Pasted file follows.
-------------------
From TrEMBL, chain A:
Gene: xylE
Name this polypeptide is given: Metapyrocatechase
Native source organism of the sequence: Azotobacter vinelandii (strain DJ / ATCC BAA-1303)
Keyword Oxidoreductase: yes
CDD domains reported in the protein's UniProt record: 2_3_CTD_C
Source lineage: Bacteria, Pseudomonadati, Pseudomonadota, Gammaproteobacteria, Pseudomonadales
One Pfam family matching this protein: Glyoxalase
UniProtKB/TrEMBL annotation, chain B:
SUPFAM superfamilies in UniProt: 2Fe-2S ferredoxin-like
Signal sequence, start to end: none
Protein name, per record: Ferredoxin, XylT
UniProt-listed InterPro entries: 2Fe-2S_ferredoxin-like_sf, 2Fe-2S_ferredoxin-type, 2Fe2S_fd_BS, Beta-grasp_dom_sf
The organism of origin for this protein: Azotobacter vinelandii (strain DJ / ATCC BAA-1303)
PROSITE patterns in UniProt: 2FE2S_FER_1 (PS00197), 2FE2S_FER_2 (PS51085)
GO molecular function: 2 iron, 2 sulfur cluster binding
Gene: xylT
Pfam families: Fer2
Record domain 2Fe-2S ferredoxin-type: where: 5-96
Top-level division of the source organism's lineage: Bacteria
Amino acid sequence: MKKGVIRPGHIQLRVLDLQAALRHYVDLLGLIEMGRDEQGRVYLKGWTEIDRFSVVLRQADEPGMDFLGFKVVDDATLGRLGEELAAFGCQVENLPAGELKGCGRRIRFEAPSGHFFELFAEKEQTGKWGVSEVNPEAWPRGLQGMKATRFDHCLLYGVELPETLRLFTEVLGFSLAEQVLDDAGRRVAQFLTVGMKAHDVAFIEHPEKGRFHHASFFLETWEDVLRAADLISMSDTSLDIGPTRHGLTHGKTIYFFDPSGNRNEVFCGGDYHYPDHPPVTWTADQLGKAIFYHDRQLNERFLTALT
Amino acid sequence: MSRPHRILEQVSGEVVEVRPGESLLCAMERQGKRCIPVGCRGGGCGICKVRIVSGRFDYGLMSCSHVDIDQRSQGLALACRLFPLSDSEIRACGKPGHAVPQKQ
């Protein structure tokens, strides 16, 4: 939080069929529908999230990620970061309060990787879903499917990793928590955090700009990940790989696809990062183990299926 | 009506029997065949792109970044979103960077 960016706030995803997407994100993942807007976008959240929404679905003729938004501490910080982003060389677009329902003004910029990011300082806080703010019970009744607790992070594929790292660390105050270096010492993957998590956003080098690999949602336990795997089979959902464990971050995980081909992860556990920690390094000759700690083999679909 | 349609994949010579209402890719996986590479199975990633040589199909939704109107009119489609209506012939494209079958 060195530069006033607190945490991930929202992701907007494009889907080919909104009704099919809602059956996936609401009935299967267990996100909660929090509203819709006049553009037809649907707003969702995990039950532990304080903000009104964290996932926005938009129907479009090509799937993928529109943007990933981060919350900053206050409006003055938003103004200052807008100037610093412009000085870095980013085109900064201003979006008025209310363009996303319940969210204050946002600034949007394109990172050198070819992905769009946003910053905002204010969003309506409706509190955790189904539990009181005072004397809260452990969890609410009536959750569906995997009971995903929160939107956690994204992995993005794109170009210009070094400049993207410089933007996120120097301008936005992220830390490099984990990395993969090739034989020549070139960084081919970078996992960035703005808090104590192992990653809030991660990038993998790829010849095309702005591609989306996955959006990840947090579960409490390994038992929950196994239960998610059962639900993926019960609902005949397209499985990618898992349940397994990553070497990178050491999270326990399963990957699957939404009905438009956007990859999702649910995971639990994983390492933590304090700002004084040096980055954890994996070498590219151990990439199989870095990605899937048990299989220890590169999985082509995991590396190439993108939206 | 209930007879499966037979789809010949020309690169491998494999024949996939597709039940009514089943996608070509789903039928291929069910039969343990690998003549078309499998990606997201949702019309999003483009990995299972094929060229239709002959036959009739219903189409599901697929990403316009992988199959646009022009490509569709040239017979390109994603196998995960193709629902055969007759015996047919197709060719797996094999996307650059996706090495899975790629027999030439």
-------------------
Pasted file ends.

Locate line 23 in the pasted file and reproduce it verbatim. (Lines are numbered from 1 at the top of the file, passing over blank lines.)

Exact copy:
């Protein structure tokens, strides 16, 4: 939080069929529908999230990620970061309060990787879903499917990793928590955090700009990940790989696809990062183990299926 | 009506029997065949792109970044979103960077 960016706030995803997407994100993942807007976008959240929404679905003729938004501490910080982003060389677009329902003004910029990011300082806080703010019970009744607790992070594929790292660390105050270096010492993957998590956003080098690999949602336990795997089979959902464990971050995980081909992860556990920690390094000759700690083999679909 | 349609994949010579209402890719996986590479199975990633040589199909939704109107009119489609209506012939494209079958 060195530069006033607190945490991930929202992701907007494009889907080919909104009704099919809602059956996936609401009935299967267990996100909660929090509203819709006049553009037809649907707003969702995990039950532990304080903000009104964290996932926005938009129907479009090509799937993928529109943007990933981060919350900053206050409006003055938003103004200052807008100037610093412009000085870095980013085109900064201003979006008025209310363009996303319940969210204050946002600034949007394109990172050198070819992905769009946003910053905002204010969003309506409706509190955790189904539990009181005072004397809260452990969890609410009536959750569906995997009971995903929160939107956690994204992995993005794109170009210009070094400049993207410089933007996120120097301008936005992220830390490099984990990395993969090739034989020549070139960084081919970078996992960035703005808090104590192992990653809030991660990038993998790829010849095309702005591609989306996955959006990840947090579960409490390994038992929950196994239960998610059962639900993926019960609902005949397209499985990618898992349940397994990553070497990178050491999270326990399963990957699957939404009905438009956007990859999702649910995971639990994983390492933590304090700002004084040096980055954890994996070498590219151990990439199989870095990605899937048990299989220890590169999985082509995991590396190439993108939206 | 209930007879499966037979789809010949020309690169491998494999024949996939597709039940009514089943996608070509789903039928291929069910039969343990690998003549078309499998990606997201949702019309999003483009990995299972094929060229239709002959036959009739219903189409599901697929990403316009992988199959646009022009490509569709040239017979390109994603196998995960193709629902055969007759015996047919197709060719797996094999996307650059996706090495899975790629027999030439």